inorganic into organic material with the help of the radiant energy of the
sun by the autotrophs; consumption of the autotrophs by heterotrophs;
decomposition and mineralisation of the dead matter to release them back
for reuse by the autotrophs, these event are repeated over and over again.
There is unidirectional movement of energy towards the higher trophic
levels and its dissipation and loss as heat to the environment.
14.2. PRODUCTIVITY
A constant input of solar energy is the basic requirement for any ecosystem
to function and sustain. Primary production is defined as the amount of
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biomass or organic matter produced per unit area over a time period by
plants during photosynthesis. It is expressed in terms of weight (gm
2
) or
energy (kcal m
2
). The rate of biomass production is called productivity.
It is expressed in terms of gm
2
yr
–1
or (kcal m
2
) yr
–1
to compare the
productivity of different ecosystems. It can be divided into gross primary
productivity (GPP) and net primary productivity (NPP). Gross primary
productivity of an ecosystem is the rate of production of organic matter
during photosynthesis. A considerable amount of GPP is utilised by plants
in respiration. Gross primary productivity minus respiration losses (R),
is the net primary productivity (NPP).
GPP – R = NPP
Net primary productivity is the available biomass for the consumption
to heterotrophs (herbiviores and decomposers). Secondary productivity
is defined as the rate of formation of new organic matter by
consumers.
Primary productivity depends on the plant species inhabiting a
particular area. It also depends on a variety of environmental factors,
availability of nutrients and photosynthetic capacity of plants. Therefore,
it varies in different types of ecosystems. The annual net primary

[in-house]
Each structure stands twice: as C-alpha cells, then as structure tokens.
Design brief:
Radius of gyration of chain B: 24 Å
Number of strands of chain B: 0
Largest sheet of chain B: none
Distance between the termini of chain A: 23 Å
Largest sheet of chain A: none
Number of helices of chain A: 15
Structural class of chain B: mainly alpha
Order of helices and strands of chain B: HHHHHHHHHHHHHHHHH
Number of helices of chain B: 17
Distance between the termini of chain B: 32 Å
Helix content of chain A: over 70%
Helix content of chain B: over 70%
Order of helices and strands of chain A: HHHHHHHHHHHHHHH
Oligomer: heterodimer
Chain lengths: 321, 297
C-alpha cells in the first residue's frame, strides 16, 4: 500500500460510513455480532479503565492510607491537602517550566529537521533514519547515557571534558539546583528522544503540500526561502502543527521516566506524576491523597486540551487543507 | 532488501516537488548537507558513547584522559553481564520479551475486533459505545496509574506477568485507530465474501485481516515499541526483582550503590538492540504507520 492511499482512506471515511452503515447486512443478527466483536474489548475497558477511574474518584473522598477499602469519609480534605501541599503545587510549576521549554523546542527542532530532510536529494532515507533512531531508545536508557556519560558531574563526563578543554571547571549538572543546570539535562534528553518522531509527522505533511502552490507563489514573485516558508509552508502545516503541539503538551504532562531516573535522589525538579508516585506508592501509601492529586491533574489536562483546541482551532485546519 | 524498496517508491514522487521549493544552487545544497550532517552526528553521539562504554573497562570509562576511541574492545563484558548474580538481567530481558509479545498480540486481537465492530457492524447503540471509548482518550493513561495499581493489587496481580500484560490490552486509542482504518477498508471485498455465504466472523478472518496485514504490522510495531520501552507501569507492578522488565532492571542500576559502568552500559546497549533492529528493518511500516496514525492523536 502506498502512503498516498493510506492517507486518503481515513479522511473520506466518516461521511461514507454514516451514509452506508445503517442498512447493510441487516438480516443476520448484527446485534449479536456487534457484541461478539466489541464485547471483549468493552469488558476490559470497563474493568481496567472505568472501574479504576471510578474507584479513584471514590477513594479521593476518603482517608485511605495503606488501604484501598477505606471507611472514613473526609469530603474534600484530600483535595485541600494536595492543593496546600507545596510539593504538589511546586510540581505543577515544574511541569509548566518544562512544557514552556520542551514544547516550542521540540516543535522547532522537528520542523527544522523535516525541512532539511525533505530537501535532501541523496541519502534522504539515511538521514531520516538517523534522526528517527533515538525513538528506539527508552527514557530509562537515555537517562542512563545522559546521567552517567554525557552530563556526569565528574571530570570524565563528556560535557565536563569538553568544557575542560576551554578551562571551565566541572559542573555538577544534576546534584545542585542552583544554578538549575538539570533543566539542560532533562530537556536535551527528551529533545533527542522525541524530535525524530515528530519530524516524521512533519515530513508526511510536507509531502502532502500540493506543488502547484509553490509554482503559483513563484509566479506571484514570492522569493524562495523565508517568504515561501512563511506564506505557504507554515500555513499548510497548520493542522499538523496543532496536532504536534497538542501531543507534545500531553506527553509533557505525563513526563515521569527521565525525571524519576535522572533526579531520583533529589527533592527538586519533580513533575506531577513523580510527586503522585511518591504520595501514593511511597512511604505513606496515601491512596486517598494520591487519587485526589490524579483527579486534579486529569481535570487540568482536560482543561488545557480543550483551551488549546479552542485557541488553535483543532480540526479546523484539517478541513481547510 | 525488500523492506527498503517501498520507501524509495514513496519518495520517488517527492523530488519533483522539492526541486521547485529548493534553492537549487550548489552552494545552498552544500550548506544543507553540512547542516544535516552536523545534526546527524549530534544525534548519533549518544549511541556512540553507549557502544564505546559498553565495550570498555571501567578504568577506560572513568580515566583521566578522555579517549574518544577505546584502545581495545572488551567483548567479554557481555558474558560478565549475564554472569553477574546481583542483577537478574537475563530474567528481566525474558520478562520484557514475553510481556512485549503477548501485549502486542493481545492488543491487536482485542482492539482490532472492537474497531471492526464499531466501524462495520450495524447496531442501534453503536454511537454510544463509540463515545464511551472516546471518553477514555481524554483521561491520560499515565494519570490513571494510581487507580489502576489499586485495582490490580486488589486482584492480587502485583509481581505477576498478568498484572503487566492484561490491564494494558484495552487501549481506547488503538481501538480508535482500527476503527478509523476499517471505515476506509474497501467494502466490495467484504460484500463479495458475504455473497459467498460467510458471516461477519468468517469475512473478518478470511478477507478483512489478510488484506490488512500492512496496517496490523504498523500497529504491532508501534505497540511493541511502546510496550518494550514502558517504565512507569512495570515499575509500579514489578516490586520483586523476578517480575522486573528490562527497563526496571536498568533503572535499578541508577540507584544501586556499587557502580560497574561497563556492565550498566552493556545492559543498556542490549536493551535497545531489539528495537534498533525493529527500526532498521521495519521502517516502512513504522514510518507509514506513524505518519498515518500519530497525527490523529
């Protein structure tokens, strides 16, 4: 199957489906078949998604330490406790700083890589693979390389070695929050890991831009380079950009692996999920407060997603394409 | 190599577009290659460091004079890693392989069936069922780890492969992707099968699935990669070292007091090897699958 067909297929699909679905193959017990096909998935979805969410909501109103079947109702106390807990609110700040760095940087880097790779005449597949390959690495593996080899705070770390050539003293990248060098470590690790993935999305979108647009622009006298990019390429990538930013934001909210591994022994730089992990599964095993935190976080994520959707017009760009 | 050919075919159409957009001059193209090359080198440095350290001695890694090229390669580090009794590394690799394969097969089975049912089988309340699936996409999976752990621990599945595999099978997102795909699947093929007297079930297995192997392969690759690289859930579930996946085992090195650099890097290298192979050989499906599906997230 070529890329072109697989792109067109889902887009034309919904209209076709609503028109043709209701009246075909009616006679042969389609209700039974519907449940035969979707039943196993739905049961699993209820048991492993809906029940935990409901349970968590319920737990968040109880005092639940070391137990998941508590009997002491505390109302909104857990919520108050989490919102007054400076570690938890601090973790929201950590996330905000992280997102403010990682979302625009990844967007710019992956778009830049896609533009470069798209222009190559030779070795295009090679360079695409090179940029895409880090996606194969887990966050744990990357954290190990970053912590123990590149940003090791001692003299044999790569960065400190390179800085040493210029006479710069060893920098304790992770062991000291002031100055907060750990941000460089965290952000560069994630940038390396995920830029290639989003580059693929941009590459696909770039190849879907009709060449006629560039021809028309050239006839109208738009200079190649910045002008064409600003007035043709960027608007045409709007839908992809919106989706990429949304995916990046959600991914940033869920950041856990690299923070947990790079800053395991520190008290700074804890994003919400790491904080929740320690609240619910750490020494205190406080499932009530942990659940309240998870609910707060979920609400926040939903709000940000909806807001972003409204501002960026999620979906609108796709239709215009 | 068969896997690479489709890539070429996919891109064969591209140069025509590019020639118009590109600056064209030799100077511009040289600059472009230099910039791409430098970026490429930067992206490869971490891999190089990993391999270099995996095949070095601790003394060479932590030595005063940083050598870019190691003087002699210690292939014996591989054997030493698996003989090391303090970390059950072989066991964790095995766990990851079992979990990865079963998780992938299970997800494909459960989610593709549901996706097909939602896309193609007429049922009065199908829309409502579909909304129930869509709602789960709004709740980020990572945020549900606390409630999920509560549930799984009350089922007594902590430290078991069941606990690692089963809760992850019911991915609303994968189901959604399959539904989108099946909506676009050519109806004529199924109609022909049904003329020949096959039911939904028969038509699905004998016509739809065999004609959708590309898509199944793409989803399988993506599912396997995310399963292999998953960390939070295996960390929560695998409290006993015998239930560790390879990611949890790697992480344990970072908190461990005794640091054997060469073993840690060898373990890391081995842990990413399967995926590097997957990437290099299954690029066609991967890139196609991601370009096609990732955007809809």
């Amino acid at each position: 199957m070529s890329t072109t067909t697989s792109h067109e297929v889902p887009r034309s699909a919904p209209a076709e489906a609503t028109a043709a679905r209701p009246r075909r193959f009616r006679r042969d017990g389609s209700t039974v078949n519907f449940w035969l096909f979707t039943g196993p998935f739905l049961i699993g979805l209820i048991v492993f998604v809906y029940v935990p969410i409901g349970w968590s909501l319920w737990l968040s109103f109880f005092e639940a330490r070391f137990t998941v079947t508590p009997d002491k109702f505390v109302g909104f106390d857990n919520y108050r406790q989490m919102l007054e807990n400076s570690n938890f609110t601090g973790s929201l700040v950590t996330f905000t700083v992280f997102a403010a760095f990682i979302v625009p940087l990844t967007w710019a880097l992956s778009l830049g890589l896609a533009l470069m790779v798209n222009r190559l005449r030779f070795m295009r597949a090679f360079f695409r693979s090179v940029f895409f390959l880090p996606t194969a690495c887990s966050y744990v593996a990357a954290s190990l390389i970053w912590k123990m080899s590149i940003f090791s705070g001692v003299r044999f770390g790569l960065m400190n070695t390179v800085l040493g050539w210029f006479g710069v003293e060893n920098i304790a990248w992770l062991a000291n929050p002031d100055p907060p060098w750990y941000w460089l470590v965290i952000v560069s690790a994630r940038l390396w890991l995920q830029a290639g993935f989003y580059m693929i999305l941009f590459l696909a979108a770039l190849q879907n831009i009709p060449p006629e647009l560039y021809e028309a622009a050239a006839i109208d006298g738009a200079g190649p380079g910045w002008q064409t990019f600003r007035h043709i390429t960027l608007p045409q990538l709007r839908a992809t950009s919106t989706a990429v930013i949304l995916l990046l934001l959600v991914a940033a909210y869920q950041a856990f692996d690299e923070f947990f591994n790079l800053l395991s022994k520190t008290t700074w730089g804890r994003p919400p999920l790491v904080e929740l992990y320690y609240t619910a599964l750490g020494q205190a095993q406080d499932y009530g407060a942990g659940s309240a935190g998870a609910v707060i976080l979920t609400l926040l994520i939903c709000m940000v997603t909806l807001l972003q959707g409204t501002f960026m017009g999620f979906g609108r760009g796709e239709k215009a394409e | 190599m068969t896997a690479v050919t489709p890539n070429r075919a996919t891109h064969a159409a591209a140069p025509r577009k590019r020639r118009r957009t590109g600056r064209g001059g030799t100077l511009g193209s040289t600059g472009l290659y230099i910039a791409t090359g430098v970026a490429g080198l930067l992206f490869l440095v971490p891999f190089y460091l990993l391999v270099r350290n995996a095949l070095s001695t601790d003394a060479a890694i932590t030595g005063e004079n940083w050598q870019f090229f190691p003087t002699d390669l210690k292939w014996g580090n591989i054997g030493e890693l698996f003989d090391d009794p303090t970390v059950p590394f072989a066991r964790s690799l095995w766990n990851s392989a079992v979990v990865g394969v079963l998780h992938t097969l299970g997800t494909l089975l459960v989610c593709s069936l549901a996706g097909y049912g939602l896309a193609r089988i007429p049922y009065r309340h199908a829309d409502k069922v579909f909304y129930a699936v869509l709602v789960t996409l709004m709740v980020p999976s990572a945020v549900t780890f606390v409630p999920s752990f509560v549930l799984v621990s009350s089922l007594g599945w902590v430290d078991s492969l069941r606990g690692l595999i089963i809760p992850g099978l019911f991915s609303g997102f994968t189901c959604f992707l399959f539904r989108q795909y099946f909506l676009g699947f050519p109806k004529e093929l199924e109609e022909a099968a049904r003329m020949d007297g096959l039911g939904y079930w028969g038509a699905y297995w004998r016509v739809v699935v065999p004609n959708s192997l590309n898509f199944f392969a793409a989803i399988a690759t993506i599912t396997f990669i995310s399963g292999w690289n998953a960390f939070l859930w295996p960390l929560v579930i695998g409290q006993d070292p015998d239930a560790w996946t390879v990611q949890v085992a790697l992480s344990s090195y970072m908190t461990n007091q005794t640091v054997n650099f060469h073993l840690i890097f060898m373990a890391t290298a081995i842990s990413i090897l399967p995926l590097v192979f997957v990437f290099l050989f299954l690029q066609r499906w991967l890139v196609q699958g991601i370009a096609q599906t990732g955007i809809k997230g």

productivity of the whole biosphere is approximately 170 billion tons
(dry weight) of organic matter. Of this, despite occupying about 70 per
cent of the surface, the productivity of the oceans are only 55 billion tons.
Rest of course, is on land. Discuss the main reason for the low
productivity of ocean with your teacher.
14.3 DECOMPOSITION
You may have heard of the earthworm being referred to as the farmer’s
‘friend’. This is so because they help in the breakdown of complex organic
matter as well as in loosening of the soil. Similarly, decomposers break
down complex organic matter into inorganic substances like carbon
dioxide, water and nutrients and the process is called
decomposition.
Dead plant remains such as leaves, bark, flowers and dead remains of
animals, including fecal matter, constitute detritus, which is the raw
material for decomposition. The important steps in the process of
decomposition are fragmentation, leaching, catabolism, humification and
mineralisation.
Detritivores (e.g., earthworm) break down detritus into smaller particles.
This process is called fragmentation. By the process of leaching, water-
soluble inorganic nutrients go down into the soil horizon and get precipitated
as unavailable salts. Bacterial and fungal enzymes degrade detritus into
simpler inorganic substances. This process is called as catabolism.
It is important to note that all the above steps in decomposition operate
simultaneously on the detritus (Figure 14.1). Humification and
mineralisation occur during decomposition in the soil. Humification leads